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Taxing U.S. carbon emissions with an escalating levy that starts as high as $73-per-ton would have a pretty small effect on carbon emissions from the transportation sector, a Rhodium Group analysis finds.

Why it matters: Transportation has overtaken electricity as the largest source of U.S. emissions. Wringing CO2 out of transportation is hard, in contrast to progress underway in electricity.

Screenshot of chart in the Rhodium Group report, "Energy and Environmental Implications of a Carbon Tax in the United States"

The details: The report shows that a $50-per-ton tax that climbs 2% annually would cut economy-wide CO2 emissions by 39% to 47% below 2005 levels by 2030. But the vast bulk of this occurs in power.

  • The report was among several released yesterday in conjunction with Columbia University's Center on Global Energy Policy.

Between the lines: It provides several reasons why transportation emissions are stubborn...

  • The relative lack of easy and low-carbon substitute fuels.
  • Cost has a limited effect on driving levels.
  • Fuel price increases from the taxes are within historic variability.
  • The vehicle fleet turns over slowly. People stick with what they've bought because purchase price far exceeds annual operating costs.
  • That's different from power, where generators compete on fuel costs.

The bottom line: "These results suggest that if achieving deep economy-wide GHG reductions is one of the policy goals for a carbon tax, then either a much higher carbon tax rate or policy interventions targeting transportation demand, vehicle technology, and decarbonization of fuels may be necessary."

Yes, but: Noah Kaufman, an economist with the Columbia group, says the "common perception" that CO2 taxes will do little to change drivers' behavior is questionable.

  • He said models assume that's the case because big gas price swings haven't historically had a big effect on driving.
"What you’ve seen out in real-world carbon pricing programs is something pretty different. If you look in British Columbia, the evidence suggests consumers are responding quite a bit more strongly than expected. ... The number you see from studies in BC and in Sweden, drivers are about three times more responsive to price changes when caused by carbon tax than by day-to-day price change."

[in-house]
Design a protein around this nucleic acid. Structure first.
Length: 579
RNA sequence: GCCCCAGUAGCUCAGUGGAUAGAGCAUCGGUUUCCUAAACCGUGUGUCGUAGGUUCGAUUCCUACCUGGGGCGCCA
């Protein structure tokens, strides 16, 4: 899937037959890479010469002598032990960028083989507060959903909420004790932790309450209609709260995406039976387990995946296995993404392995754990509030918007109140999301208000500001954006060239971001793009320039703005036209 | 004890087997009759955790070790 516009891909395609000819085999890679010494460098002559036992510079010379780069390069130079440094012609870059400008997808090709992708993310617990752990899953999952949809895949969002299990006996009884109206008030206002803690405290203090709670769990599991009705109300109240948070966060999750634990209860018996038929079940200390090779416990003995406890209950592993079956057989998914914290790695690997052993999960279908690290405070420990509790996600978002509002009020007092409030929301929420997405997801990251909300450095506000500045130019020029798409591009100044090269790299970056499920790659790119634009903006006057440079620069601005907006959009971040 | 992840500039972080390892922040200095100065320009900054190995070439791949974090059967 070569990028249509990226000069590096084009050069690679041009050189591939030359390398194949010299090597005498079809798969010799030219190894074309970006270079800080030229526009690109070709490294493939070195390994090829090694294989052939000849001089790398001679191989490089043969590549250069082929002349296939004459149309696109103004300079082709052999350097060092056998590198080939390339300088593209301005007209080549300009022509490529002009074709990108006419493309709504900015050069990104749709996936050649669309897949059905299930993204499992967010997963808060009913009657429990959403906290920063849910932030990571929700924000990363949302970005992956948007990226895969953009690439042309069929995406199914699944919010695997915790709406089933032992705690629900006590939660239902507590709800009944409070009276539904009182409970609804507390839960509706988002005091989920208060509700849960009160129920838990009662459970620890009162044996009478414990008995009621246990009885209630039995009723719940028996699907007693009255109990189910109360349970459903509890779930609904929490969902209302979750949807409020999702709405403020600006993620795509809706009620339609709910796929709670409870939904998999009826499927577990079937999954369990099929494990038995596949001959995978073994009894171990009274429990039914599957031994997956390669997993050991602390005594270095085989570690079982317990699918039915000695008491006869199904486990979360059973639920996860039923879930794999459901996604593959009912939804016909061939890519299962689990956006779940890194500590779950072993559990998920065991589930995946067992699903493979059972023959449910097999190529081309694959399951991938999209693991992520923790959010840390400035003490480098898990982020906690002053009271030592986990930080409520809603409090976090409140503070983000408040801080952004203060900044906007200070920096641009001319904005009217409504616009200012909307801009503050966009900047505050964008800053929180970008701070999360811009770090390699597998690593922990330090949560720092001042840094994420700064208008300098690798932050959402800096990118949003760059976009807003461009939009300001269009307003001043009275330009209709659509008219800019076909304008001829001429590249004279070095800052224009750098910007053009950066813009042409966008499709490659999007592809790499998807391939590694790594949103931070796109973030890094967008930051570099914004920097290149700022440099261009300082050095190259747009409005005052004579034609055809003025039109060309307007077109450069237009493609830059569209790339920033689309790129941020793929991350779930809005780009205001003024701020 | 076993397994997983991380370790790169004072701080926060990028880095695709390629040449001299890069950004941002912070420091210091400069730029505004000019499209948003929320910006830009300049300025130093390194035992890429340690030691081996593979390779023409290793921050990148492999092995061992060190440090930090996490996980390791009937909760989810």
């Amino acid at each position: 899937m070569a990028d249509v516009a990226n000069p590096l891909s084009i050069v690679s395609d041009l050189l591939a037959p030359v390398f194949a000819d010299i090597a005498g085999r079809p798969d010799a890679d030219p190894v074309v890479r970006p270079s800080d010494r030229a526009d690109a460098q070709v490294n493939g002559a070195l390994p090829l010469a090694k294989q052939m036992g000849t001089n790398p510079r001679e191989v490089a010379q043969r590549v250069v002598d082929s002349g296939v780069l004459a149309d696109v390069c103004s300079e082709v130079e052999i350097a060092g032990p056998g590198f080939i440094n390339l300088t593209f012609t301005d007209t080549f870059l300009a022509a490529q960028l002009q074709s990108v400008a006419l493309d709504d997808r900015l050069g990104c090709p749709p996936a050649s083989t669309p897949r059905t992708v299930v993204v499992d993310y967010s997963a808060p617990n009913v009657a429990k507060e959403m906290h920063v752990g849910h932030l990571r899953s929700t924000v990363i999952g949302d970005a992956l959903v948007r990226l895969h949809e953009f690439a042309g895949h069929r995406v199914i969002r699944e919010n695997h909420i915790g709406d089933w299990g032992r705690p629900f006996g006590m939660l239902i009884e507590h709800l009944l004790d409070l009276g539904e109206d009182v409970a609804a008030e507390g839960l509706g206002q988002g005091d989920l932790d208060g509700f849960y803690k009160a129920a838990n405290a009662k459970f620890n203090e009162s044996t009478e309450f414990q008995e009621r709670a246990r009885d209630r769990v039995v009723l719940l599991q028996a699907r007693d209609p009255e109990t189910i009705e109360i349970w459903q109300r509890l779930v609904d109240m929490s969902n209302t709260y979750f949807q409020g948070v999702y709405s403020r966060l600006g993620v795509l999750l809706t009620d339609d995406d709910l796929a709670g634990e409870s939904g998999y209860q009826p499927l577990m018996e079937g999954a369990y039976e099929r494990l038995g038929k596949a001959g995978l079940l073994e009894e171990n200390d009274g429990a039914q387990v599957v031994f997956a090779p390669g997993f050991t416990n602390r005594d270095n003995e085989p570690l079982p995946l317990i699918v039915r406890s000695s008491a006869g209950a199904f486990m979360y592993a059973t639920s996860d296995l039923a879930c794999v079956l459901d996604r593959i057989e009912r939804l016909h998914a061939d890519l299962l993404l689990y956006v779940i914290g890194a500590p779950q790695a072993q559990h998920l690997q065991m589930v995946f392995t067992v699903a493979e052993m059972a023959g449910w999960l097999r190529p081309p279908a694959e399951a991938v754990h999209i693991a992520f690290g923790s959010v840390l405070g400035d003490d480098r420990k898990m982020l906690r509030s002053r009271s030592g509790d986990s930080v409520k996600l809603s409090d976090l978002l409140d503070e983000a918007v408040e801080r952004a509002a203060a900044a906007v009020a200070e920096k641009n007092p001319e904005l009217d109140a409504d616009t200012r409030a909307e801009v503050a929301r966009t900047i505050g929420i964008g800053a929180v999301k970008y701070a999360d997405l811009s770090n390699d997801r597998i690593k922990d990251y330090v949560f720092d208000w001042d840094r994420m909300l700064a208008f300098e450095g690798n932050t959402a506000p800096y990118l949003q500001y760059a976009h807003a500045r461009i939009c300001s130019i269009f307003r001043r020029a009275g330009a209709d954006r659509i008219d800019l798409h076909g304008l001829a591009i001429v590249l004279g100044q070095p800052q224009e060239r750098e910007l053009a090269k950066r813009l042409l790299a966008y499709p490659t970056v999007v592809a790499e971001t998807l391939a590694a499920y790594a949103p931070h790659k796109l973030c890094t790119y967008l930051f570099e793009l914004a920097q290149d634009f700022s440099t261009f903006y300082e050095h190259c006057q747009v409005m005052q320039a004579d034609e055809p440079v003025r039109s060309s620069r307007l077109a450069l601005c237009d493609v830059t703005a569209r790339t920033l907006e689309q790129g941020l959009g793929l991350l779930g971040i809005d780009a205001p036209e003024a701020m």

— Kaufman

Stay tuned: Kaufman said he's soon releasing a short paper on vehicle emissions and carbon pricing.

Go deeper

McCarthy jokes about hitting Pelosi with gavel if he becomes Speaker, in new audio

Kevin McCarthy. Photo: Win McNamee/Getty Images

House Minority Leader Kevin McCarthy (R-Calif.) can be heard saying "it would be hard not to hit" House Speaker Nancy Pelosi with the speaker's gavel if Republicans retake the House in 2022 and he becomes speaker, according to new audio posted to Twitter by a Main Street Nashville reporter.

Driving the news: McCarthy made the comments during a fundraising event in Tennessee, as he was handed an oversized gavel by members of the Tennessee congressional delegation, reports CNN.

Updated 3 hours ago - World

U.S. and U.K. blame Iran for drone strike on oil tanker

Britain's Foreign Secretary Dominic Raab. Photo: Sameer Al-DOUMY / AFP

Secretary of State Antony Blinken and British Foreign Secretary Dominic Raab said on Sunday that the United States and United Kingdom, respectively, now believe Iran was likely responsible for last week's drone strike on an oil tanker in the Arabian sea.

Why it matters: The United States and Britain now join Israel in accusing Tehran of being behind the July 29 attack off the coast of Oman. Iran has denied involvement.

9 hours ago - Sports

Suni Lee wins bronze medal in uneven bars

Photo: Laurence Griffiths/Getty Images

U.S. gymnast Sunisa "Suni" Lee won her 3rd Olympic medal on Sunday, taking home bronze in the individual uneven bars event.

Driving the news: Also on Sunday, U.S. gymnast MyKayla Skinner won the silver medal in the vault on Sunday after stepping in for Simone Biles, who withdrew from the event to prioritize her mental health and well-being.